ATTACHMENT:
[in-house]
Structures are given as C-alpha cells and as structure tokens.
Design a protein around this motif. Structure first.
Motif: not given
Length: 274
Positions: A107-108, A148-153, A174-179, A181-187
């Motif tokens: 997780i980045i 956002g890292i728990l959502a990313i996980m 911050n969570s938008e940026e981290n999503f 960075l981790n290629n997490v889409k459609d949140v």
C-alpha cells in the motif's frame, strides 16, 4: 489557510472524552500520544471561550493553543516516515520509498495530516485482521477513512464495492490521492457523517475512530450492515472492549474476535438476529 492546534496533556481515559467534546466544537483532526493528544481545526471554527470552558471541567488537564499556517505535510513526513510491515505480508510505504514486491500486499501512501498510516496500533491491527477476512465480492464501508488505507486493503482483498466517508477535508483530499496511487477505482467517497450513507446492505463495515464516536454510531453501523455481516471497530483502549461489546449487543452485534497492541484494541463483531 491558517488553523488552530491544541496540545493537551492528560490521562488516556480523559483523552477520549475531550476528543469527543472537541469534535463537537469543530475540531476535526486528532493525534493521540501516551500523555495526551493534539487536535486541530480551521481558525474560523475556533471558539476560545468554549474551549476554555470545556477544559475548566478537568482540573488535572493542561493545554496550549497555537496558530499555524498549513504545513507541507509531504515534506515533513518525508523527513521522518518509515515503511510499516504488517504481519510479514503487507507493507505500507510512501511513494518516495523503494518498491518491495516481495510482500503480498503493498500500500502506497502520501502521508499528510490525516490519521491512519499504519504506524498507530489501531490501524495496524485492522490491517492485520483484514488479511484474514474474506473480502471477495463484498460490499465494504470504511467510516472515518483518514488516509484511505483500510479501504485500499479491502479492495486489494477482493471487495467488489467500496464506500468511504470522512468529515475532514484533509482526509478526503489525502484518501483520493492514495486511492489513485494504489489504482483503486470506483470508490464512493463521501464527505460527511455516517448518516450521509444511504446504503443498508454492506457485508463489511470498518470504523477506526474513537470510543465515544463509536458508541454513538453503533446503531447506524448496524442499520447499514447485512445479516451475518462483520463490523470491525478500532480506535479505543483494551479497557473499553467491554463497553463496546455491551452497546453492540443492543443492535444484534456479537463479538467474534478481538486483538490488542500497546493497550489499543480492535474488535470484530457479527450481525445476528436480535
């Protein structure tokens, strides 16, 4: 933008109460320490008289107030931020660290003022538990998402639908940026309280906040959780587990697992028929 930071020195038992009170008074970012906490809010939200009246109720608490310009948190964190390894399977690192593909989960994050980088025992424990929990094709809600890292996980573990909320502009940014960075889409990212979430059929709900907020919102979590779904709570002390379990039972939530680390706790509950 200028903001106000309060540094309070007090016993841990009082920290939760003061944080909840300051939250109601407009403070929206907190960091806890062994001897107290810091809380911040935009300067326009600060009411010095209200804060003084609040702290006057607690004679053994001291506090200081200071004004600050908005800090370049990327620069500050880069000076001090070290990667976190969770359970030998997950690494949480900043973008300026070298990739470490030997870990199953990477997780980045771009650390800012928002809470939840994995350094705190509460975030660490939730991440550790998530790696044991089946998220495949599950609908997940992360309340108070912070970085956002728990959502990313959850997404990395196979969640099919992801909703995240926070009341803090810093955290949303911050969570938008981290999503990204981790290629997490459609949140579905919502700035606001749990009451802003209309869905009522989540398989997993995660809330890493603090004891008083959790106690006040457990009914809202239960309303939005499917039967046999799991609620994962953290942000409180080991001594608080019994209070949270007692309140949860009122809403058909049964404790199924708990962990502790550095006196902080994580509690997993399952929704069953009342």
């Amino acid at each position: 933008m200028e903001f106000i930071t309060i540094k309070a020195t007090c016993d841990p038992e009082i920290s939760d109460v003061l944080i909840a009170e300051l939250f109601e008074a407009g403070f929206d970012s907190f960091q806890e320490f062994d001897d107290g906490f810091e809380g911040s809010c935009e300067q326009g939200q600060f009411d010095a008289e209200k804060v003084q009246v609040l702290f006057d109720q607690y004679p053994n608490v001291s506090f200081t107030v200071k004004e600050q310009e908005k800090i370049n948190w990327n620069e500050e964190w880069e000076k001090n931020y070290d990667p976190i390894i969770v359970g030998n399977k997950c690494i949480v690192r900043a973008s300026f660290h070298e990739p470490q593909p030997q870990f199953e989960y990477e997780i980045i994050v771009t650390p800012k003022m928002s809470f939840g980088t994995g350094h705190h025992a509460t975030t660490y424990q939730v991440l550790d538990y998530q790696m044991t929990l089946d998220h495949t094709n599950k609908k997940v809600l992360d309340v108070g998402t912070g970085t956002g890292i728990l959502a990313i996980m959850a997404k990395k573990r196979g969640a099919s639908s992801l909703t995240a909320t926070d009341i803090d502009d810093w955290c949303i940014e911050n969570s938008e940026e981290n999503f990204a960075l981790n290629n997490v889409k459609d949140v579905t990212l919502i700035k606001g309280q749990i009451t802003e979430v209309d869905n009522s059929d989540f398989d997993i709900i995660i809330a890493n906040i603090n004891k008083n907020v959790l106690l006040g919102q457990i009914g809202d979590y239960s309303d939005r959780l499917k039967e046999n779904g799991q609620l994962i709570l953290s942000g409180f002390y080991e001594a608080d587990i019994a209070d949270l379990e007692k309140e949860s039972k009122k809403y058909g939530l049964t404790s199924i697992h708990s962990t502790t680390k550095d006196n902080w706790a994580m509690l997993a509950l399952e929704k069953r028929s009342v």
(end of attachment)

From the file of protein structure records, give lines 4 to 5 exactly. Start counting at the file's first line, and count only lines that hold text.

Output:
Motif: not given
Length: 274